Tears come easily at airports and conversation

A great number of people were turned away from Pierce Turner's performance with his string quartet at Puck Fair on March 25th the final night before the bar closed because of an expired lease. Turner ran through almost all of his best known songs, and the everyone sang their hearts out as he strolled across the counter knocking over glasses of beer as he

A great number of people were turned away from Pierce Turner’s performance with his string quartet at Puck Fair on March 25th the final night before the bar closed because of an expired lease. Turner ran through almost all of his best known songs, and the everyone sang their hearts out as he strolled across the counter knocking over glasses of beer as he

I am back in NYC getting ready for the Frank McCourt 20th Anniversary show this Sunday at the Sheen Centre in Manhattan (sold out) it’s a new Theatre on Bleeker Street.

 

Having just spent a lot of time waiting in airports, I found myself noticing the effect of it and wondering if there is a song there? It’s a kind of neutral ground, a place where all of our normal responsibilities go by the wayside; the bills piled upon each other in the hallway, the cost of an Airport sandwich, our guard towards strangers; it feels like everyone there is the same club! And tears come easily, for no particular reason. There is a sense of freedom; everything is put off until tomorrow, and no one can reasonably expect you to do a task regardless of the urgency. It’s like you are in outer space and can’t be reached until you land, you don’t have to watch what you eat or drink, and it doesn’t matter if it’s morning or night. Travelling can be hard, taking off the belt and the shoes, the in and out of the computer, explaining all the bloody wires that I have to carry with me, shoving it all down the line while holding on to my trousers, counting the gates for miles and miles, only to find an elevator that takes me to the next set of gates. But once you get there and put down the bags, there is a great moment of respite to relish as you people watch with a very expensive pint and sandwich in hand, knowing that you are such a cad at that moment, that you are not phased by doling out a small fortune.

 

Thanks everyone who came to the Irish gigs, they were really thrilling for me, singing in those acoustics with that organ coming from behind the audience while we came from the front, created something truly unique, so special that I am adamant about doing a bunch more the next time, and it seemed to bring people out of the woodworks, some old and some new. A gentleman called Donal from Waterford has found a beautiful Church there that we are working on, if you know of a good Church with a working Organ and the right vibe (not stiff or depressing) please get in touch, it doesn’t matter where, let’s look at it first before we decide. And I mean In the US or UK also.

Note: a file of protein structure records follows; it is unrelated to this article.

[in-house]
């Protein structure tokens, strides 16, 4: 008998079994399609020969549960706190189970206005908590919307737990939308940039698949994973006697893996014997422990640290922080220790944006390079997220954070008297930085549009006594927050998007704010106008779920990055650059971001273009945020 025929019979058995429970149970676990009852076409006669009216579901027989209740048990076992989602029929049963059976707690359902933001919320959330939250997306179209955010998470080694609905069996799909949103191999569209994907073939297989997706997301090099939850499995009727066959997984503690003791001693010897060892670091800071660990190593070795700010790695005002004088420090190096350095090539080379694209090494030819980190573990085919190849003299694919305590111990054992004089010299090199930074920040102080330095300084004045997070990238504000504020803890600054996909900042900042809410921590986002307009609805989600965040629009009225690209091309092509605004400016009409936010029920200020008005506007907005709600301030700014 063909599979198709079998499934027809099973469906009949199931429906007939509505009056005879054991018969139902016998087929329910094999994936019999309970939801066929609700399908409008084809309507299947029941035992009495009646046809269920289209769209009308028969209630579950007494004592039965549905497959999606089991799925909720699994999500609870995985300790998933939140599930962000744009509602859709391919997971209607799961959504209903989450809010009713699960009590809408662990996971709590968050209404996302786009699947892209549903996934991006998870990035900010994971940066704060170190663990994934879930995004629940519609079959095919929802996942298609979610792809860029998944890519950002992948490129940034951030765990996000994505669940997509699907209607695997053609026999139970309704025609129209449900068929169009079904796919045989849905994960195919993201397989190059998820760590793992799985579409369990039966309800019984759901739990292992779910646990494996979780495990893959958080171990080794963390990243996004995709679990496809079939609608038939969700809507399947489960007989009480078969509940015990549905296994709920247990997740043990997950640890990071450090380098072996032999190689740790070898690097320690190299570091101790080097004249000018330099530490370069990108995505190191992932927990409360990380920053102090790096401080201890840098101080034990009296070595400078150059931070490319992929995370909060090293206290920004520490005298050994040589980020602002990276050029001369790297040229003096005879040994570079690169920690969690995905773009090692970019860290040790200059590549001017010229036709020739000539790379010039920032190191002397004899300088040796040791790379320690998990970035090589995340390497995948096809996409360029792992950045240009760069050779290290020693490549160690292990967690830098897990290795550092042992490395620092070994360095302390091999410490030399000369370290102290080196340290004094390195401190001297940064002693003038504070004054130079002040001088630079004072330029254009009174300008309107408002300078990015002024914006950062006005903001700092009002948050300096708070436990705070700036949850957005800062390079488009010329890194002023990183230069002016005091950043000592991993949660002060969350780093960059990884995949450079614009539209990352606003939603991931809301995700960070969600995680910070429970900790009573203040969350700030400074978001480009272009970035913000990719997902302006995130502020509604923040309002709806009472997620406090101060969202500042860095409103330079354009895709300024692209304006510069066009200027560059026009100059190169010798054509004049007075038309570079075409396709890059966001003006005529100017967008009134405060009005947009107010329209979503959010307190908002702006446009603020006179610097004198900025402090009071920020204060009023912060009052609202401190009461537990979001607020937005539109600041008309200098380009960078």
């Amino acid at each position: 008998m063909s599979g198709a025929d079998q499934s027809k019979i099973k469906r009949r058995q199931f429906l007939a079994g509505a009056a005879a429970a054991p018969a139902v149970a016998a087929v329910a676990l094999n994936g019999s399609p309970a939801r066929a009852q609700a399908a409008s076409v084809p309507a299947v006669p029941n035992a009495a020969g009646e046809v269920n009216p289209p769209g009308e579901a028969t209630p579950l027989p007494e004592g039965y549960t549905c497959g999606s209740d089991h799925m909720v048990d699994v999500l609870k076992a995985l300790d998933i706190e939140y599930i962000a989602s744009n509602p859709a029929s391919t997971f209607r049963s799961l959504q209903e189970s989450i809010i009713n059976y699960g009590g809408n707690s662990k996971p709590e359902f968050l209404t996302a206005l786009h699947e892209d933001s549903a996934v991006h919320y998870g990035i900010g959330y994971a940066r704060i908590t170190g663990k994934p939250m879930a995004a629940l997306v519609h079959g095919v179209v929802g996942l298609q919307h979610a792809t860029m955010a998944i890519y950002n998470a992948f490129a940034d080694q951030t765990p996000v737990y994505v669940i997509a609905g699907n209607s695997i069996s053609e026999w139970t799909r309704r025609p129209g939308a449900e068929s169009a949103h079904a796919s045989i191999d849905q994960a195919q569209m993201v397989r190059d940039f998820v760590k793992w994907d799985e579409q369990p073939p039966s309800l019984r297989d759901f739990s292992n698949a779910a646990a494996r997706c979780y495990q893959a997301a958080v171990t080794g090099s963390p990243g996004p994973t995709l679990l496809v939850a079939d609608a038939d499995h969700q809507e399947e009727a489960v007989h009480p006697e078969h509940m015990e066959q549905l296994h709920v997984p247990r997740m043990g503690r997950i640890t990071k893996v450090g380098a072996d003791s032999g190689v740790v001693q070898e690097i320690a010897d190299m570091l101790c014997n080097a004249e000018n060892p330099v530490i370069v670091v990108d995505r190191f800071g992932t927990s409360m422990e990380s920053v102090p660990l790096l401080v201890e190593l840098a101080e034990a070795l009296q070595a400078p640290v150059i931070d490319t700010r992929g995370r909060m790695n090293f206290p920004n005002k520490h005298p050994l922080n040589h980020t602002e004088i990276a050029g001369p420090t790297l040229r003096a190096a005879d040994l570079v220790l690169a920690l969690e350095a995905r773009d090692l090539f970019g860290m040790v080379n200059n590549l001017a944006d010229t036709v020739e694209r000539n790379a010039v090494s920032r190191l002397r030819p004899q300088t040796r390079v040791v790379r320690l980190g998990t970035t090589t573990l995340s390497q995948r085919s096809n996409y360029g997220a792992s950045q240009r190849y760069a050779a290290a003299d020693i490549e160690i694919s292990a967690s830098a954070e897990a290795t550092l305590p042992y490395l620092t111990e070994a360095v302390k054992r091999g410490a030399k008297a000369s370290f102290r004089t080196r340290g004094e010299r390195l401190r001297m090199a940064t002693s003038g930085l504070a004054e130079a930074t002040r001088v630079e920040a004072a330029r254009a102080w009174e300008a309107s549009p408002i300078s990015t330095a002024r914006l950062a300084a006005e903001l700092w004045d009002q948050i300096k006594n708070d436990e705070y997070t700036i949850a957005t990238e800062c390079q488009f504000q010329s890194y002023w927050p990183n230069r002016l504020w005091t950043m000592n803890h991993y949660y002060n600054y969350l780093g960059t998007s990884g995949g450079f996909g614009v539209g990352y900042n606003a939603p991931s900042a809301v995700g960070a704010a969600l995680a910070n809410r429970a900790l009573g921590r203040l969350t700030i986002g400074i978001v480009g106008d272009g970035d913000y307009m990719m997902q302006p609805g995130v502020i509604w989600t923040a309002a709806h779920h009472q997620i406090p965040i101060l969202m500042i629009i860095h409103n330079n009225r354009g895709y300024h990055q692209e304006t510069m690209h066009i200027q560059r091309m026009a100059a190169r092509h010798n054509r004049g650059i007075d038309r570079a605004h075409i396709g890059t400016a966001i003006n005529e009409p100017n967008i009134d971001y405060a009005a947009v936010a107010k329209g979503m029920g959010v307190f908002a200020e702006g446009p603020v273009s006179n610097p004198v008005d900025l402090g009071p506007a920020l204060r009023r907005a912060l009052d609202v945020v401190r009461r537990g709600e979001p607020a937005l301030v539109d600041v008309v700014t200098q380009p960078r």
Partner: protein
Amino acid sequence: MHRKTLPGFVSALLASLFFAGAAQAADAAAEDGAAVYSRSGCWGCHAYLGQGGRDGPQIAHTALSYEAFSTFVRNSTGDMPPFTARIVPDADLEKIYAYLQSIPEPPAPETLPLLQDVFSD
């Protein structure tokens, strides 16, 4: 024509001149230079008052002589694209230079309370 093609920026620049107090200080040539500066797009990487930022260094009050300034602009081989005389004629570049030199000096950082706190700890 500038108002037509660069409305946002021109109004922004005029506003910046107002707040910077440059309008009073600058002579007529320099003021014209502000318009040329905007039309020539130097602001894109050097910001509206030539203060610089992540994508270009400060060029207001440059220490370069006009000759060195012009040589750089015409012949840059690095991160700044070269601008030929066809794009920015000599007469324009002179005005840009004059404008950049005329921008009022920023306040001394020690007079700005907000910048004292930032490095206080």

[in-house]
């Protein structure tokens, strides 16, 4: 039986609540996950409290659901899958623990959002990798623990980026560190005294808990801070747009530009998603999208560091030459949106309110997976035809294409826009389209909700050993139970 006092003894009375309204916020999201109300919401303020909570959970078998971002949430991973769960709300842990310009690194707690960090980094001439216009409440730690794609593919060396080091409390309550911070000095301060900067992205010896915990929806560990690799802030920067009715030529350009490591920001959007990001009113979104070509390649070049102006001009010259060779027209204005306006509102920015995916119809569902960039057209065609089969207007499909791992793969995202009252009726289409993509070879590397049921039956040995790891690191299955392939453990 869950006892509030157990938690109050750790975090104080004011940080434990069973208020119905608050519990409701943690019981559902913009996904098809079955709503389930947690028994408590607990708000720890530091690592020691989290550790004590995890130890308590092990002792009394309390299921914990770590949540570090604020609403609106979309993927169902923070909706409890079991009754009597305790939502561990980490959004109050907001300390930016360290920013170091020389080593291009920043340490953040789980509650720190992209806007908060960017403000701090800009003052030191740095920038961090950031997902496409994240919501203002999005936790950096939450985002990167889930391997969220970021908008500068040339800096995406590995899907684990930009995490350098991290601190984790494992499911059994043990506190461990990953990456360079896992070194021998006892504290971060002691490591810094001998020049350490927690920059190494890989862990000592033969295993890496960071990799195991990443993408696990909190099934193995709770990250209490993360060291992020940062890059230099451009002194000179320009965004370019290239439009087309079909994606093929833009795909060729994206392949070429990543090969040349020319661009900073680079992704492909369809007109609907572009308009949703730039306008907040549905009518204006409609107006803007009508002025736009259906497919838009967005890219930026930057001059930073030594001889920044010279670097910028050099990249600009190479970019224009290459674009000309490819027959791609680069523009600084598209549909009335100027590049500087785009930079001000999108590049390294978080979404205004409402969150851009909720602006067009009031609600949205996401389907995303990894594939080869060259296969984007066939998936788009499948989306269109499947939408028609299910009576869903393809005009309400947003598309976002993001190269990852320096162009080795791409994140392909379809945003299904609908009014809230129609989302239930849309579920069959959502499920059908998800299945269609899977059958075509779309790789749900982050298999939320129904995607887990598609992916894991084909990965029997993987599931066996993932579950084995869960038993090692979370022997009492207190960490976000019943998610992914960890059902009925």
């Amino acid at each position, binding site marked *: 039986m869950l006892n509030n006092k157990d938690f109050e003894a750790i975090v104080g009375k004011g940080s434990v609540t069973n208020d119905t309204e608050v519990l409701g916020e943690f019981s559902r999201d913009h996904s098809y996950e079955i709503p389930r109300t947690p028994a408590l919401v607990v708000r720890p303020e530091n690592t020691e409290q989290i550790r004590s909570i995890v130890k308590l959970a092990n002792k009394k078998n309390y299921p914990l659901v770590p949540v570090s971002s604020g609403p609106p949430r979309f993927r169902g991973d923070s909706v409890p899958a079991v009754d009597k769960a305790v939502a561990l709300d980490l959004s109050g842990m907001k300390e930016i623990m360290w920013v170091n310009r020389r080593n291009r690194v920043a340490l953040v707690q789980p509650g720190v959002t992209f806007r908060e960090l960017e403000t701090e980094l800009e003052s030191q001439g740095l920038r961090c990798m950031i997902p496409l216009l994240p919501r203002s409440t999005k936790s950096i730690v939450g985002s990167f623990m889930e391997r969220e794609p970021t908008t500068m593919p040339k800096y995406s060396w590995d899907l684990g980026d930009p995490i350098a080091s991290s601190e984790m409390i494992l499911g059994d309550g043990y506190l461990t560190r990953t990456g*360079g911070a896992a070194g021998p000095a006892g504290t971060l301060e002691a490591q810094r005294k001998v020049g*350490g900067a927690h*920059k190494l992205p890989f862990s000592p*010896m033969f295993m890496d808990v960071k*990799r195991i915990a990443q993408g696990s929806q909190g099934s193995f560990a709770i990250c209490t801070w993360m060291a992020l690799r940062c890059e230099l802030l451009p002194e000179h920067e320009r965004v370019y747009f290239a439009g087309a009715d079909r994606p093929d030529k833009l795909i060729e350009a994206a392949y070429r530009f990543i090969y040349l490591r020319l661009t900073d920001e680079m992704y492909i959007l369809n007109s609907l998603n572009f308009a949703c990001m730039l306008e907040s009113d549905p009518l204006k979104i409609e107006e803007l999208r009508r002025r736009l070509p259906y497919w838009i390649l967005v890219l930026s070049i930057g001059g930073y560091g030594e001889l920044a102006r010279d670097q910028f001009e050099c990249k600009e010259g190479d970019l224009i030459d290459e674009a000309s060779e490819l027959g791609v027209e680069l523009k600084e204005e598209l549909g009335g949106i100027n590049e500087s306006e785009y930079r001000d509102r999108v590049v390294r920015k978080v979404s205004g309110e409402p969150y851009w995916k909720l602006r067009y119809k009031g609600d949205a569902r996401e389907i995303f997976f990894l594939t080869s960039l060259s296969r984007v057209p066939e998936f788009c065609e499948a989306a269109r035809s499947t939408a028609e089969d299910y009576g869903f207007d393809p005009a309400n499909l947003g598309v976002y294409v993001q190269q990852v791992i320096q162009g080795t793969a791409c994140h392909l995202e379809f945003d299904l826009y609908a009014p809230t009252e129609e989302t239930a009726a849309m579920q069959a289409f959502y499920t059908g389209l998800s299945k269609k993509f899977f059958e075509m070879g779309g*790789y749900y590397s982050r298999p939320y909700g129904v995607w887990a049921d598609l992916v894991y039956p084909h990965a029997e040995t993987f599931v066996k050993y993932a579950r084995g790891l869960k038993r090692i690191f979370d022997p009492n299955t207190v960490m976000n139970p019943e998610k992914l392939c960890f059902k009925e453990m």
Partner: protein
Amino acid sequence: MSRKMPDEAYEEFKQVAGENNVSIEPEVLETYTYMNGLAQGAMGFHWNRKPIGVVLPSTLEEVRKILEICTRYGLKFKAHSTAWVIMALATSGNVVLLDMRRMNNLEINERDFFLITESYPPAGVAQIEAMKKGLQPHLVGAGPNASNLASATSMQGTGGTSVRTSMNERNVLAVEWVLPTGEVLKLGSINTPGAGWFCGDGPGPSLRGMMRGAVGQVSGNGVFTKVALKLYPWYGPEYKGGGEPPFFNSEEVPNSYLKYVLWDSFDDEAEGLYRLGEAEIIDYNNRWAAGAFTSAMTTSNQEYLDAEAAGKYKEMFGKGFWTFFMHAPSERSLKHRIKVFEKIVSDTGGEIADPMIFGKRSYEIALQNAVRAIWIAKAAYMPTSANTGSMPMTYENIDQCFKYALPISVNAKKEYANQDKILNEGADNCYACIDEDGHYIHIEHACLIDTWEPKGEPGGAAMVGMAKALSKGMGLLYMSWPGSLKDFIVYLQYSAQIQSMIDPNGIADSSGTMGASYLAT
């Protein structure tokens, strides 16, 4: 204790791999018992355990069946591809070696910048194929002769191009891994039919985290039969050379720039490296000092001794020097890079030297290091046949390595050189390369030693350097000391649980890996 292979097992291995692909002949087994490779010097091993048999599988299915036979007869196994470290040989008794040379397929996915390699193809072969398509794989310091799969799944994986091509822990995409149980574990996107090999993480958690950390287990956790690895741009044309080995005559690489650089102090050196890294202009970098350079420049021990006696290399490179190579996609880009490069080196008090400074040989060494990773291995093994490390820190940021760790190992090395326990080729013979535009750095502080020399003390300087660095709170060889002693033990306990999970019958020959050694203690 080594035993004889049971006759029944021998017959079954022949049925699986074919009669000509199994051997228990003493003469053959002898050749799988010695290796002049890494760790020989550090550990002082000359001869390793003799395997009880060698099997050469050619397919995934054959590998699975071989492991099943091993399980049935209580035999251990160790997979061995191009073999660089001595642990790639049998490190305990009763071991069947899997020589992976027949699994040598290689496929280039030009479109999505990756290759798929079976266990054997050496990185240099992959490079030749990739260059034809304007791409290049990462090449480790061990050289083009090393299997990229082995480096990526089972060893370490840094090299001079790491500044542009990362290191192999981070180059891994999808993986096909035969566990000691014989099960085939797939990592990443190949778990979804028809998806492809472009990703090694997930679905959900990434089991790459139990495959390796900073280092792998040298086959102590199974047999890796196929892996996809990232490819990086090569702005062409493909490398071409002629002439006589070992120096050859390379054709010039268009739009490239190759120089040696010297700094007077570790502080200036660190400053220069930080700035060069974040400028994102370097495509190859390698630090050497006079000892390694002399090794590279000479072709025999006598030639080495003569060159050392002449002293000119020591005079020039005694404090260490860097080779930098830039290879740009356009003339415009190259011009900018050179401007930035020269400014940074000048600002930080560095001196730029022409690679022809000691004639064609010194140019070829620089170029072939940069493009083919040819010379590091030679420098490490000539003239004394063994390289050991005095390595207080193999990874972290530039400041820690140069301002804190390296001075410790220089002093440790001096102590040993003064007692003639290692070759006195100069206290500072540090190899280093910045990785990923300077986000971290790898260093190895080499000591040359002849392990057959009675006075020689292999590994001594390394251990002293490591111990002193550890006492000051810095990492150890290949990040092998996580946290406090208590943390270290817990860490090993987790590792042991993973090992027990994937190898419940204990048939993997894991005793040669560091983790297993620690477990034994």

But what about Manhattan? I am asked, that other show is sold out! No need to fret, we have a good one coming up at the glorious Joe’s Pub. We will have the full ensemble from the last NY Church gig; Andriette Redman on Bass and vocals plus Kath Green on vocals and percussion, John Rokosny guitar, Fred Parcells on the Bone and vocals, and Mark Brotter on Drums and percussion, me on the Grand Piano and guitar, we will do the new album and the old ones, tickets are on sale starting now. I hope to see all the familiar faces and those new ones that have been popping up with the gleeful surprise of virginity.

One gets the feeling that these are golden days judging by the reaction in Ireland in New York, please come and celebrate with a nice cool cocktail, bring your vibe and I’ll bring mine. BTW, I made it a Thursday to suit your summer weekends. Px

PIERCE TURNER ENSEMBLE

JOE’S PUB (PUBLIC THEATRE) THURSDAY JULY 21ST AT 7PM

http://www.publictheater.org/Tickets/Calendar/PlayDetailsCollection/Joes-Pub/2016/P/Pierce-Turner-Ensemble/

 

 

 

Irish Press for Love Can’t Always Be Articulate

 

The Irish Mail on Sunday June 12-2016

This album’s songs quiver in the natural acoustic’s of the Manhattan Lutheran Church where he recorded it… Tantum Ergo and Billy Sunday have a Churchy resonance. Not so, the rousing Sorrow is a solid feeling or the acoustic cover of T Rex’s Life’s a Gas. His devoted fans will be delighted. * * *

 

The Irish Times interview May 30 – 2016

“There is very little melody in the current pop idiom” The same cannot be said of the uncompromising Music of Wexford’s Pierce Turner, who wears his ecclesiastical influences proudly.

 

The Sunday Business Post Magazine June 12-2016

Turner’s vocals are laden with sentiment, with a fragility that is emotionally affecting, most powerfully on I Think It’s going to rain today, Adios Romeo, and warm swaying closer, the Paul Simon like Human Prayer. There’s even an enchanting version of Marc Bolan’s Life’s a Gas. LOVELY.

 

 

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